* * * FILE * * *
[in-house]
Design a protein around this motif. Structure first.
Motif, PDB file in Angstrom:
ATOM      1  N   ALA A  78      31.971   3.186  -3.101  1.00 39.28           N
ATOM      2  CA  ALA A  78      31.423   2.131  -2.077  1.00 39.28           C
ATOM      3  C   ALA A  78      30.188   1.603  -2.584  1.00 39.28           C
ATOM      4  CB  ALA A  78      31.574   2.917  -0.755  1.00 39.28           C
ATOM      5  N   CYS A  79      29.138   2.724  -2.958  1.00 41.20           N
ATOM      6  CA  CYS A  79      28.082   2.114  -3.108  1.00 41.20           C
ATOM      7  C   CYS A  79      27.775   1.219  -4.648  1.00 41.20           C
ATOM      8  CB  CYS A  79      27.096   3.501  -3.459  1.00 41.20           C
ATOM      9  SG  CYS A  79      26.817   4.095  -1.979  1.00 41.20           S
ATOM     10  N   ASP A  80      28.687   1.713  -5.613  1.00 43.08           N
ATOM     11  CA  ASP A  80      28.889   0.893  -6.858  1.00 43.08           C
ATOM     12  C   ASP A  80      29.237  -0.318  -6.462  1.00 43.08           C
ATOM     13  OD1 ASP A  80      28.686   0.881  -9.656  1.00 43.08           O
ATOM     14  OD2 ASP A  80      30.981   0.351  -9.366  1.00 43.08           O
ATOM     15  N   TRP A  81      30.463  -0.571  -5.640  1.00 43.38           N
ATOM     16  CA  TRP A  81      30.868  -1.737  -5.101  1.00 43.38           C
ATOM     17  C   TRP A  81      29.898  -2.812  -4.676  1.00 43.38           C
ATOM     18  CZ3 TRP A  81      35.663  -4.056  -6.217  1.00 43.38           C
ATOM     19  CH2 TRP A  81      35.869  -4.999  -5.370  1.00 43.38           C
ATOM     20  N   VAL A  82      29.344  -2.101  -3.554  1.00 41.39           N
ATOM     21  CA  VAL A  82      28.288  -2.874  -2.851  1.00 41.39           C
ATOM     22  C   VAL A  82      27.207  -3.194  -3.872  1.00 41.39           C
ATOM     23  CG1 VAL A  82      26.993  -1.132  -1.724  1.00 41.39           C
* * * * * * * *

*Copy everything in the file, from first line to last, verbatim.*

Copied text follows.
[in-house]
Design a protein around this motif. Structure first.
Motif, PDB file in Angstrom:
ATOM      1  N   ALA A  78      31.971   3.186  -3.101  1.00 39.28           N
ATOM      2  CA  ALA A  78      31.423   2.131  -2.077  1.00 39.28           C
ATOM      3  C   ALA A  78      30.188   1.603  -2.584  1.00 39.28           C
ATOM      4  CB  ALA A  78      31.574   2.917  -0.755  1.00 39.28           C
ATOM      5  N   CYS A  79      29.138   2.724  -2.958  1.00 41.20           N
ATOM      6  CA  CYS A  79      28.082   2.114  -3.108  1.00 41.20           C
ATOM      7  C   CYS A  79      27.775   1.219  -4.648  1.00 41.20           C
ATOM      8  CB  CYS A  79      27.096   3.501  -3.459  1.00 41.20           C
ATOM      9  SG  CYS A  79      26.817   4.095  -1.979  1.00 41.20           S
ATOM     10  N   ASP A  80      28.687   1.713  -5.613  1.00 43.08           N
ATOM     11  CA  ASP A  80      28.889   0.893  -6.858  1.00 43.08           C
ATOM     12  C   ASP A  80      29.237  -0.318  -6.462  1.00 43.08           C
ATOM     13  OD1 ASP A  80      28.686   0.881  -9.656  1.00 43.08           O
ATOM     14  OD2 ASP A  80      30.981   0.351  -9.366  1.00 43.08           O
ATOM     15  N   TRP A  81      30.463  -0.571  -5.640  1.00 43.38           N
ATOM     16  CA  TRP A  81      30.868  -1.737  -5.101  1.00 43.38           C
ATOM     17  C   TRP A  81      29.898  -2.812  -4.676  1.00 43.38           C
ATOM     18  CZ3 TRP A  81      35.663  -4.056  -6.217  1.00 43.38           C
ATOM     19  CH2 TRP A  81      35.869  -4.999  -5.370  1.00 43.38           C
ATOM     20  N   VAL A  82      29.344  -2.101  -3.554  1.00 41.39           N
ATOM     21  CA  VAL A  82      28.288  -2.874  -2.851  1.00 41.39           C
ATOM     22  C   VAL A  82      27.207  -3.194  -3.872  1.00 41.39           C
ATOM     23  CG1 VAL A  82      26.993  -1.132  -1.724  1.00 41.39           C